Medical systems and processes in the healthcare sector are becoming increasingly digital. Medical providers and hospitals – like all other industries – are using internet technologies to speed up and improve the quality of the patient care they provide. Our new analysis of medical image archiving systems being used across the globe shows that this can go wrong.
The starting position
X-rays and other imaging methods such as CT and MRI scans are an integral part of everyday hospital life. These images help doctors and other professionals make accurate diagnoses, work out treatment plans as well as assess how effectively these treatments are working.
Hospitals use extensive image archiving systems known as PACS (Picture Archiving and Communication Systems) servers, to store and access these images. It has been known for some time that PACS servers are vulnerable. What was unknown until today is how large and widespread this global data leak actually is.
Put simply, this data leak affects a standard that was developed in the 1980s. This standard, called DICOM (Digital Imaging and Communications in Medicine), dictates how medical imaging devices are networked in order to exchange and archive information about patients and images. PACS servers use this standard, which includes the IP protocol. This means that these systems can also be found on the internet.
Our analysis looked at the IP addresses of PACS servers to see which were vulnerable, as well as assess how much confidential patient data is readily available on the internet today.
As soon as a system or device is connected to the public internet, questions arise about how to protect them from unauthorized access. One key question is ‘who is authorized to use the system and how is this access enforced?’ As PACS servers store highly confidential data pertaining to the medical records of individuals, access should be heavily restricted so that only certain personnel can view it. However, for many of the archiving systems included in this study, nothing could be further for the truth. Anyone can access a significant number of these systems and, what’s more, they can see everything that’s stored on them.
In particular, these vulnerable archives contain sensitive medical and personal information for millions of people worldwide. Names, dates of birth, dates and details of examinations, , treating physicians, clinics, and the scans themselves are searchable and, in some cases, available to download. In the US, these data sets also include some Social Security Numbers.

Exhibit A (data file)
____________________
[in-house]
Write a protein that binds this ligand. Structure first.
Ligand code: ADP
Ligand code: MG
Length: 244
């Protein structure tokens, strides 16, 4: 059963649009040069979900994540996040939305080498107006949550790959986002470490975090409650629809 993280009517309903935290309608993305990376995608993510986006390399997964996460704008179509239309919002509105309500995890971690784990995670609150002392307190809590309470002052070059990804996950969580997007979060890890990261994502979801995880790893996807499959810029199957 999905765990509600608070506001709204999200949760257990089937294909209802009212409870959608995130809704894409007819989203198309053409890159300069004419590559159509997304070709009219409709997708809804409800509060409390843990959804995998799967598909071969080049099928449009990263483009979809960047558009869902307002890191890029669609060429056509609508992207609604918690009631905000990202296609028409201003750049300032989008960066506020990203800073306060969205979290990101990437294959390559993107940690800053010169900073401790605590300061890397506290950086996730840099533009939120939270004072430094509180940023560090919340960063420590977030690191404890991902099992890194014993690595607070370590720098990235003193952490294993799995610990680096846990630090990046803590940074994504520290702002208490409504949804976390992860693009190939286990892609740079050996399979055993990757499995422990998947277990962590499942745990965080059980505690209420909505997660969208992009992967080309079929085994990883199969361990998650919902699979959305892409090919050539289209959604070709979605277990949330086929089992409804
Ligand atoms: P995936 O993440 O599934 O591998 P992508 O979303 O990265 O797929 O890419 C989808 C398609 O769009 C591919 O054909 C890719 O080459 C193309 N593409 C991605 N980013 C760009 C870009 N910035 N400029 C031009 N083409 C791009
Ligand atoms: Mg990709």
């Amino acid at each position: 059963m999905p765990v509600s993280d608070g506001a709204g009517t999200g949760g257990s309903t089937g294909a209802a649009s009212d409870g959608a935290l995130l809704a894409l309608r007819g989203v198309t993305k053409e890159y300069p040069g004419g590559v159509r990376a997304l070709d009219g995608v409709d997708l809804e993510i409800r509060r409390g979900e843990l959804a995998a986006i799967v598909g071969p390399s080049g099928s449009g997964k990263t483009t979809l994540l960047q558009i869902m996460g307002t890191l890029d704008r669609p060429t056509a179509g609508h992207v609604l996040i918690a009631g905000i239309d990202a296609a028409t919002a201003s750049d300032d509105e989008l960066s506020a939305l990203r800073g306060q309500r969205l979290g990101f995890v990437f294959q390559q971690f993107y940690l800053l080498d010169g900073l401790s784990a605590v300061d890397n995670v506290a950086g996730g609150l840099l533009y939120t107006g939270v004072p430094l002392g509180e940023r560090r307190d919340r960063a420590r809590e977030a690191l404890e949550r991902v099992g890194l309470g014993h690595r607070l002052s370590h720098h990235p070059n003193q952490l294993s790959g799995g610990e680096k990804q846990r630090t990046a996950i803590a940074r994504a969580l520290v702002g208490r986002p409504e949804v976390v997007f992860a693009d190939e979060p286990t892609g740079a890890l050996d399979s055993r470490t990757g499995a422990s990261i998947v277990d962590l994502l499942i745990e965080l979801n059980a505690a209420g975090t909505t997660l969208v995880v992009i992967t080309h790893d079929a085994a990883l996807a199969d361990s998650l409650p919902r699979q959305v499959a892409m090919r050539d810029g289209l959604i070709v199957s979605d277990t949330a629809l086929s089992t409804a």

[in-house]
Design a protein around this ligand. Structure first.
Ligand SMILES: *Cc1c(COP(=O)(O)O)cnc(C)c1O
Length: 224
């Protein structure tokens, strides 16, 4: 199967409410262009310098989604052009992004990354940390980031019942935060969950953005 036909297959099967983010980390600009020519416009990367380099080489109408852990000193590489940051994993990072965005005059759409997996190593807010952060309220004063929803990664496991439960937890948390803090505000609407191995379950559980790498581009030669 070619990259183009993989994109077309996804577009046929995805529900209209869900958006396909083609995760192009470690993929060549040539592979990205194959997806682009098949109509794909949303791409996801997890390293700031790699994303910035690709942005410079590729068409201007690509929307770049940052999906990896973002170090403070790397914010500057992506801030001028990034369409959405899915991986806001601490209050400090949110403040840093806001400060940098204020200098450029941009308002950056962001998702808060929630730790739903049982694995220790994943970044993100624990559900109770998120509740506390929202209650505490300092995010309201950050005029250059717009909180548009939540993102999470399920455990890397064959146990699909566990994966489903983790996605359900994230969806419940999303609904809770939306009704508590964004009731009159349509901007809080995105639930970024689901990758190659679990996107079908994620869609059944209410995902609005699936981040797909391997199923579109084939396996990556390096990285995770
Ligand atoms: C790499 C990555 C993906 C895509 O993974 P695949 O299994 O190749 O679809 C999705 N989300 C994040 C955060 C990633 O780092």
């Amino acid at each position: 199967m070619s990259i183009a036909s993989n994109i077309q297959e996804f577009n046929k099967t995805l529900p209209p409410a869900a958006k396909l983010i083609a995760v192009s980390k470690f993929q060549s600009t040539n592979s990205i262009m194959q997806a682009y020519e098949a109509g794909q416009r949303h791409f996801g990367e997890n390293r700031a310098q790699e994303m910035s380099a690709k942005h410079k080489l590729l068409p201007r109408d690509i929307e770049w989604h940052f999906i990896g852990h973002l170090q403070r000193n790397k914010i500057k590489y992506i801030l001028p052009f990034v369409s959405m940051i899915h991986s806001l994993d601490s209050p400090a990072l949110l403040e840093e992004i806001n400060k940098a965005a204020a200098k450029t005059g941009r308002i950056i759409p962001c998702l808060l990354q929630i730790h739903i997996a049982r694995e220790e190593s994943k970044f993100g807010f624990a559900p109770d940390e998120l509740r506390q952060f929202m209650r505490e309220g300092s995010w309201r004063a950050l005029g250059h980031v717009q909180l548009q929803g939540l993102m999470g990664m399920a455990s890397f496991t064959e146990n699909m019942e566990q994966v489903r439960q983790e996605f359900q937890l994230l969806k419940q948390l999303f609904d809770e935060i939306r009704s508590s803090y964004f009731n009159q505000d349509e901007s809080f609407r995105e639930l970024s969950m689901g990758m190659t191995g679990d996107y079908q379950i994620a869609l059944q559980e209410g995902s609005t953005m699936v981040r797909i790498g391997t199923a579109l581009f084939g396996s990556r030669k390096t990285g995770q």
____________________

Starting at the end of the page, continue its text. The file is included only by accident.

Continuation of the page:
This data is accessible because of the careless configuration of these systems. Many have no protection, aren’t password protected or encrypted; indeed, even regular, everyday internet users could gain access with a few simple actions.
Greenbone did not have to write any special code to see what patient data was accessible, nor did any software vulnerability have to be exploited, or a zero-day attack carried out. As such, you don’t need to be a hacker to gain access to this highly sensitive data, it’s all visible with the help of freely available tools. To view and – if desired – download this data, you only need a list of IPs and a corresponding viewer. Both are available for download on the net.
The extent of the problem
The number of accessible patient records is frightening. Altogether, we unearthed more than 24 million records which, combined linked to more than 700 million images. Of these scans, 400 million were actually downloadable. These unprotected systems are located in 52 countries around the world. In addition to the general “openness” of the systems, they also have thousands of “real” vulnerabilities, i.e. outdated web server versions and vulnerable database instances. In some cases, the PACS servers even allow patient data and images to be viewed via http and a web browser.
Greenbone has written a complete report which can be downloaded here . The report contains further summaries of the overall situation, an analysis of the hazard potential associated with this data leak, and an estimate of the potential price of this dataset on the Darknet. The white paper  is suitable for a deeper introduction into the digital resilience of critical infrastructures, which include the health sector.
Due to the sensitivity of the data, in order to comply with data protection regulations in each country, and as a way not to encourage attacks, we are only disclosing the details of the individual vulnerable systems to authorized bodies.
We have not downloaded datasets, archives or any other available information, even though this would have been possible at any time. Instead, our report focuses on the number of records that are visible on, or could have been downloaded from, vulnerable servers.